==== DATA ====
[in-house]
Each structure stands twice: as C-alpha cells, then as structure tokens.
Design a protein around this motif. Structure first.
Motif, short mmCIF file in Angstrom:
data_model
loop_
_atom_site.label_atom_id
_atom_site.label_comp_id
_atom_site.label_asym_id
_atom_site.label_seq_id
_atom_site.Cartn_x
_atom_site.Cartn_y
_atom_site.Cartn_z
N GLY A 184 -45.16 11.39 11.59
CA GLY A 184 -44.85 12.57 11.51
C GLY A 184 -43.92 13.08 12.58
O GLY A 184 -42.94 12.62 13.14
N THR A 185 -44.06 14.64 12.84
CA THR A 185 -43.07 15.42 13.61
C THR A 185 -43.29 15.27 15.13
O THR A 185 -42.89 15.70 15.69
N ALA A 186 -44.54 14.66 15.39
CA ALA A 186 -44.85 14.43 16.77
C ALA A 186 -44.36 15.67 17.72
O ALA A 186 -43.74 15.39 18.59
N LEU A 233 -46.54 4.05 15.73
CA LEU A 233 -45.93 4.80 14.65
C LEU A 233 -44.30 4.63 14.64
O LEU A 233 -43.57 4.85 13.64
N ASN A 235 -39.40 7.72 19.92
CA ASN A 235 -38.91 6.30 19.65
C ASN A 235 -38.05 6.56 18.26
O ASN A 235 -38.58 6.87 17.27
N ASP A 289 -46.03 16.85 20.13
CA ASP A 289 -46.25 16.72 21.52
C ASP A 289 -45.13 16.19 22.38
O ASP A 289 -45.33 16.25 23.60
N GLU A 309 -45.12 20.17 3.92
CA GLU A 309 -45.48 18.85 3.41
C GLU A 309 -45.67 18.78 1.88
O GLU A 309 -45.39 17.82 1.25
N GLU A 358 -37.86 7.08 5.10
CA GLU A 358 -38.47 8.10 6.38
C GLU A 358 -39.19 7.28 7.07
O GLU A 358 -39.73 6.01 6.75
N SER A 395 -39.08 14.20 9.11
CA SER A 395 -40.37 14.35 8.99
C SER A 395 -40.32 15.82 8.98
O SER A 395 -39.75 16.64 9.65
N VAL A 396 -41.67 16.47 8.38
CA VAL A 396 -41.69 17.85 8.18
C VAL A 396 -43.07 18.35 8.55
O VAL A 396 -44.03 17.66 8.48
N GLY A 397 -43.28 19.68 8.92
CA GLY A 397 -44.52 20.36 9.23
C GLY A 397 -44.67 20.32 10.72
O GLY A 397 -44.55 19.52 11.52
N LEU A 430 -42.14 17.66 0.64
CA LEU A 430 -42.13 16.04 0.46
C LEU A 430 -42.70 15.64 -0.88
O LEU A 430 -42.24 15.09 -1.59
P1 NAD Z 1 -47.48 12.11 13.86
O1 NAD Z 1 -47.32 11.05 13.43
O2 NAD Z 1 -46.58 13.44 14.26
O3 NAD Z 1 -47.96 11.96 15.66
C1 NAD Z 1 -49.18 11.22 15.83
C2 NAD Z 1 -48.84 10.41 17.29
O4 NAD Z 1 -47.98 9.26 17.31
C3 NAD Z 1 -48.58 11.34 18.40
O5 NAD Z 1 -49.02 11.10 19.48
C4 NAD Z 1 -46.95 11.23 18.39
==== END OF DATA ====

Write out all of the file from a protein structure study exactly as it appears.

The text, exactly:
[in-house]
Each structure stands twice: as C-alpha cells, then as structure tokens.
Design a protein around this motif. Structure first.
Motif, short mmCIF file in Angstrom:
data_model
loop_
_atom_site.label_atom_id
_atom_site.label_comp_id
_atom_site.label_asym_id
_atom_site.label_seq_id
_atom_site.Cartn_x
_atom_site.Cartn_y
_atom_site.Cartn_z
N GLY A 184 -45.16 11.39 11.59
CA GLY A 184 -44.85 12.57 11.51
C GLY A 184 -43.92 13.08 12.58
O GLY A 184 -42.94 12.62 13.14
N THR A 185 -44.06 14.64 12.84
CA THR A 185 -43.07 15.42 13.61
C THR A 185 -43.29 15.27 15.13
O THR A 185 -42.89 15.70 15.69
N ALA A 186 -44.54 14.66 15.39
CA ALA A 186 -44.85 14.43 16.77
C ALA A 186 -44.36 15.67 17.72
O ALA A 186 -43.74 15.39 18.59
N LEU A 233 -46.54 4.05 15.73
CA LEU A 233 -45.93 4.80 14.65
C LEU A 233 -44.30 4.63 14.64
O LEU A 233 -43.57 4.85 13.64
N ASN A 235 -39.40 7.72 19.92
CA ASN A 235 -38.91 6.30 19.65
C ASN A 235 -38.05 6.56 18.26
O ASN A 235 -38.58 6.87 17.27
N ASP A 289 -46.03 16.85 20.13
CA ASP A 289 -46.25 16.72 21.52
C ASP A 289 -45.13 16.19 22.38
O ASP A 289 -45.33 16.25 23.60
N GLU A 309 -45.12 20.17 3.92
CA GLU A 309 -45.48 18.85 3.41
C GLU A 309 -45.67 18.78 1.88
O GLU A 309 -45.39 17.82 1.25
N GLU A 358 -37.86 7.08 5.10
CA GLU A 358 -38.47 8.10 6.38
C GLU A 358 -39.19 7.28 7.07
O GLU A 358 -39.73 6.01 6.75
N SER A 395 -39.08 14.20 9.11
CA SER A 395 -40.37 14.35 8.99
C SER A 395 -40.32 15.82 8.98
O SER A 395 -39.75 16.64 9.65
N VAL A 396 -41.67 16.47 8.38
CA VAL A 396 -41.69 17.85 8.18
C VAL A 396 -43.07 18.35 8.55
O VAL A 396 -44.03 17.66 8.48
N GLY A 397 -43.28 19.68 8.92
CA GLY A 397 -44.52 20.36 9.23
C GLY A 397 -44.67 20.32 10.72
O GLY A 397 -44.55 19.52 11.52
N LEU A 430 -42.14 17.66 0.64
CA LEU A 430 -42.13 16.04 0.46
C LEU A 430 -42.70 15.64 -0.88
O LEU A 430 -42.24 15.09 -1.59
P1 NAD Z 1 -47.48 12.11 13.86
O1 NAD Z 1 -47.32 11.05 13.43
O2 NAD Z 1 -46.58 13.44 14.26
O3 NAD Z 1 -47.96 11.96 15.66
C1 NAD Z 1 -49.18 11.22 15.83
C2 NAD Z 1 -48.84 10.41 17.29
O4 NAD Z 1 -47.98 9.26 17.31
C3 NAD Z 1 -48.58 11.34 18.40
O5 NAD Z 1 -49.02 11.10 19.48
C4 NAD Z 1 -46.95 11.23 18.39